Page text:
Travel managers have voiced “anger and frustration” over Virgin Trains’ decision to limit automatic traveller refunds to advanced tickets bought directly on the company’s website or app.


The Institute of Travel and Meetings (ITM) is worried the move will encourage business travellers to book direct and avoid company travel policies.


Virgin Trains last week introduced the Automatic Delay Repay (ADR) system, which calculates the amount owed to a customer buying advance tickets depending on how late a train arrives. Compensation is paid directly to the card used to buy the ticket.


Virgin Trains claims it is not able to refund bookings made in any other channels, saying it does not have access to the appropriate data.


This means reservations made through travel management companies and self booking tools via rail booking platforms such as Evolvi and thetrainline.com, are not recognised by the ADR system.


Schemes that do not take managed travel policies into account create “major implications” for corporate cost control, compliance levels and duty of care obligations, according to the ITM.


Will Hasler, chairman of ITM’s industry affairs group, said: “This is yet another very disappointing decision.


“Some suppliers seem intent on muddying the waters of managed travel. On one hand they want our high-yield business, market share and booking data, while on the other they implement schemes that damage managed travel processes.”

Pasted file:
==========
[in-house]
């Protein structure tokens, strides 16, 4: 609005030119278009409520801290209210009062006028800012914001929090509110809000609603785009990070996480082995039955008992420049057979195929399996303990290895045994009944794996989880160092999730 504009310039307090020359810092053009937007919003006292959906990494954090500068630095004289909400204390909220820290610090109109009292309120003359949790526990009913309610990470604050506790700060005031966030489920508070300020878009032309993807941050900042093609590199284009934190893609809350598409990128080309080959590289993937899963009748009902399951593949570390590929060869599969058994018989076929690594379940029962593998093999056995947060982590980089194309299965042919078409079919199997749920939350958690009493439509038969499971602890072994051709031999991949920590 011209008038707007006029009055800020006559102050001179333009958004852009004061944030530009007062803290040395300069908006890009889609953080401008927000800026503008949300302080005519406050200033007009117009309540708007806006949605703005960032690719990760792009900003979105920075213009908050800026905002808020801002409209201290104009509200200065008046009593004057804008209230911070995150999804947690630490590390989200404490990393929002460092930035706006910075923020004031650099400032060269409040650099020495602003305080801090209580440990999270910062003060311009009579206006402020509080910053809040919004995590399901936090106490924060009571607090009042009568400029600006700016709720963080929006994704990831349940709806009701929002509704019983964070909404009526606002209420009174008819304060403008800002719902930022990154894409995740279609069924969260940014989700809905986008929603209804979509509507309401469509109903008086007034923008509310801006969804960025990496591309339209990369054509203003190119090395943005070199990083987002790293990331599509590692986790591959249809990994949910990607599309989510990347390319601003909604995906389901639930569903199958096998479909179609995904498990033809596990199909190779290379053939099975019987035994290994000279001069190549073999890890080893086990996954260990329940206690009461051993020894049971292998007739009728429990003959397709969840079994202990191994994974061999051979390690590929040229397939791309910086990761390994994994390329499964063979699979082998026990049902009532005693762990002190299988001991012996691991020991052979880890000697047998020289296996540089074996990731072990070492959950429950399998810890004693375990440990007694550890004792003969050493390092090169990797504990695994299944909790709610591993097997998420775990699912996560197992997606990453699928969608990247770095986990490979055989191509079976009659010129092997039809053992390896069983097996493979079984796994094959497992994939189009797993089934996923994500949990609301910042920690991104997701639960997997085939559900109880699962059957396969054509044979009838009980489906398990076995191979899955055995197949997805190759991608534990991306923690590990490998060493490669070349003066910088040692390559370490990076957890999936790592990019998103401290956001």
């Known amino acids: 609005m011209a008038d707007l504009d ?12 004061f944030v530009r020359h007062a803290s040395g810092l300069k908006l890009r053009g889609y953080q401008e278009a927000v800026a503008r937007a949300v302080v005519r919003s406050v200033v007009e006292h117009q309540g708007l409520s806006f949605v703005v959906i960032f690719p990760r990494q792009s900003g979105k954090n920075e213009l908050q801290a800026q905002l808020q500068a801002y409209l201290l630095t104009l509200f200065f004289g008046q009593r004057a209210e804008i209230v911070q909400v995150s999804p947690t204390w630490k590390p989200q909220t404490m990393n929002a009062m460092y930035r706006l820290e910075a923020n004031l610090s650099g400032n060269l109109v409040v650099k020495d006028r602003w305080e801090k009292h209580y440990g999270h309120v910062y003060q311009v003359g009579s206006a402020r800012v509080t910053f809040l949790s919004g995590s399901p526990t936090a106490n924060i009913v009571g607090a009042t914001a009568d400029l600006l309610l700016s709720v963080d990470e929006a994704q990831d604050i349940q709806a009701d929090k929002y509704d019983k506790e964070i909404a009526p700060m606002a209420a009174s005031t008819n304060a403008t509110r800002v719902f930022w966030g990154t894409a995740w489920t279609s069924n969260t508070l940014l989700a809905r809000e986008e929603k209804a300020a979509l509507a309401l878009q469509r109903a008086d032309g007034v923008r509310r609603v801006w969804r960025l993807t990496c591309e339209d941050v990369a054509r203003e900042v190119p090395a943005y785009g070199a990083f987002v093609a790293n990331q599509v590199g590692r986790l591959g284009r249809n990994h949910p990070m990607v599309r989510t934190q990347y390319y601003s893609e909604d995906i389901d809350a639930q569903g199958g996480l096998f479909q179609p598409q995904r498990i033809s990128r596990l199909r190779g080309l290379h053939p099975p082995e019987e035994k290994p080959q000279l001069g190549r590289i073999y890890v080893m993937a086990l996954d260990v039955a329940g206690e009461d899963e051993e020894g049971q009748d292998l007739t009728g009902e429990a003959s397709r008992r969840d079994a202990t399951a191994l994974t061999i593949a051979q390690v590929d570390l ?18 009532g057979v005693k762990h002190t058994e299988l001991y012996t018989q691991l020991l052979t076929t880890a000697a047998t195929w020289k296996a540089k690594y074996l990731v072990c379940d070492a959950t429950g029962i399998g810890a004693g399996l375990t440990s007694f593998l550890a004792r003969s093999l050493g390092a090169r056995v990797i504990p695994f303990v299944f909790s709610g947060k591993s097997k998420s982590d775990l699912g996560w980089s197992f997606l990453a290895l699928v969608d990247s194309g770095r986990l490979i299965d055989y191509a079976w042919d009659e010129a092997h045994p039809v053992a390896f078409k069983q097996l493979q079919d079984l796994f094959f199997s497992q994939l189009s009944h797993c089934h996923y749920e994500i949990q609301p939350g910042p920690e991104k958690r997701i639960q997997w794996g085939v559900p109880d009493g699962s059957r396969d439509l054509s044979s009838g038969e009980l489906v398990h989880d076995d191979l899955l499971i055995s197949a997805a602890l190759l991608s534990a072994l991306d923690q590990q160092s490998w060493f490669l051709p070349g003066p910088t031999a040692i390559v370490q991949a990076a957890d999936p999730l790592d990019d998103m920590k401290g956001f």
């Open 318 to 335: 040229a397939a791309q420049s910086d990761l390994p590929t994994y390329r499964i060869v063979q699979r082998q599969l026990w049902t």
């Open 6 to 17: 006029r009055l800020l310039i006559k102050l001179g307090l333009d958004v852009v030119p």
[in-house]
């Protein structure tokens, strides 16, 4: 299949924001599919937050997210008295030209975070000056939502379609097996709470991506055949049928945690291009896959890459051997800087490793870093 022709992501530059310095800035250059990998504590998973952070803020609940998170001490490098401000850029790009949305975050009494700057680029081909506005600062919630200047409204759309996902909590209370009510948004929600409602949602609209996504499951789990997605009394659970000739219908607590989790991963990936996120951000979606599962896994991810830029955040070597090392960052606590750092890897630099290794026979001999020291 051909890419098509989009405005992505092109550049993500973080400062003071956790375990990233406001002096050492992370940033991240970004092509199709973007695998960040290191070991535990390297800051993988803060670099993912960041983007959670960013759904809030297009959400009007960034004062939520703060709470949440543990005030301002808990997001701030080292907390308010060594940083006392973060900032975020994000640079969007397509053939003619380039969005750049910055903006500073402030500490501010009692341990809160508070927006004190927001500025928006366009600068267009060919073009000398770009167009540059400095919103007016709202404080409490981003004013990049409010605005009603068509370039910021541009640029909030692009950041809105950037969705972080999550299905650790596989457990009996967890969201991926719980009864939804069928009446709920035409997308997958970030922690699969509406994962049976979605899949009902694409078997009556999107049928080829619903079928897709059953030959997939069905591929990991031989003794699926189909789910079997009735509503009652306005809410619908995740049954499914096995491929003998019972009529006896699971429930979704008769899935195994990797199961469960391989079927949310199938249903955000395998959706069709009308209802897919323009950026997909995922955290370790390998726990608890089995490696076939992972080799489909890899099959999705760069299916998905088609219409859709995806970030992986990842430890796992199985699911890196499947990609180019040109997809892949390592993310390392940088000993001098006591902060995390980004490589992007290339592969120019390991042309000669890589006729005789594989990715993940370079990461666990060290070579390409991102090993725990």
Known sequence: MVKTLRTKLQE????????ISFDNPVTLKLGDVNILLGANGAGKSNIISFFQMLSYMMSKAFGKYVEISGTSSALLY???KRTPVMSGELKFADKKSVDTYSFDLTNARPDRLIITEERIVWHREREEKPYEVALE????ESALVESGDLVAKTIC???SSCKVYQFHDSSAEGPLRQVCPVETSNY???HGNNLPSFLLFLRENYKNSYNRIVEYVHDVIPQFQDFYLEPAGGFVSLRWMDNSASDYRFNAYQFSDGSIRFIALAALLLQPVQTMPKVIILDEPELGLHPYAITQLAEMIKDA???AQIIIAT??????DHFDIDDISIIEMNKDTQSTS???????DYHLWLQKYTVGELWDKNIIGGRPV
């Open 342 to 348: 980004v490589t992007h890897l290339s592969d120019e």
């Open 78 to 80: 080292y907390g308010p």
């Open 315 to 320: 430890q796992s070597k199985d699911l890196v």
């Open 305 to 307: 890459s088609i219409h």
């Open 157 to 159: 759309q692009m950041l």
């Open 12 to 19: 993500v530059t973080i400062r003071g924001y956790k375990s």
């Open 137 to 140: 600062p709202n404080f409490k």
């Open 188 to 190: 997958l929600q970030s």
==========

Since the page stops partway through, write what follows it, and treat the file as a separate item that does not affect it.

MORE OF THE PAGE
The ITM last year objected to a Marriott incentive, which offered free Wi-Fi to loyalty cardholders booking directly with the hotel group, to attract direct bookings.


Lufthansa’s €16 surcharge on all bookings made through global distribution systems, which are used for the vast majority of managed travel reservations, was imposed last month without industry consultation.


The ITM described the tactic as a “crass attempt to push bookings away from corporate travel policies and towards the airline’s own website”.


ITM chief executive, Simone Buckley, said: “Traveller compliance to the managed travel programme is critical from a duty of care perspective as well as delivering market share to preferred suppliers.


“We condemn any practice that fragments this process, particularly in instances where no attempt has been made to collaborate with the business travel community.”


Virgin Trains has conceded to ITM that engagement with the business travel community should have taken place prior to the announcement.


The train company has agreed to a meeting with travel industry associations to evaluate the current refund processes in place for the managed travel sector.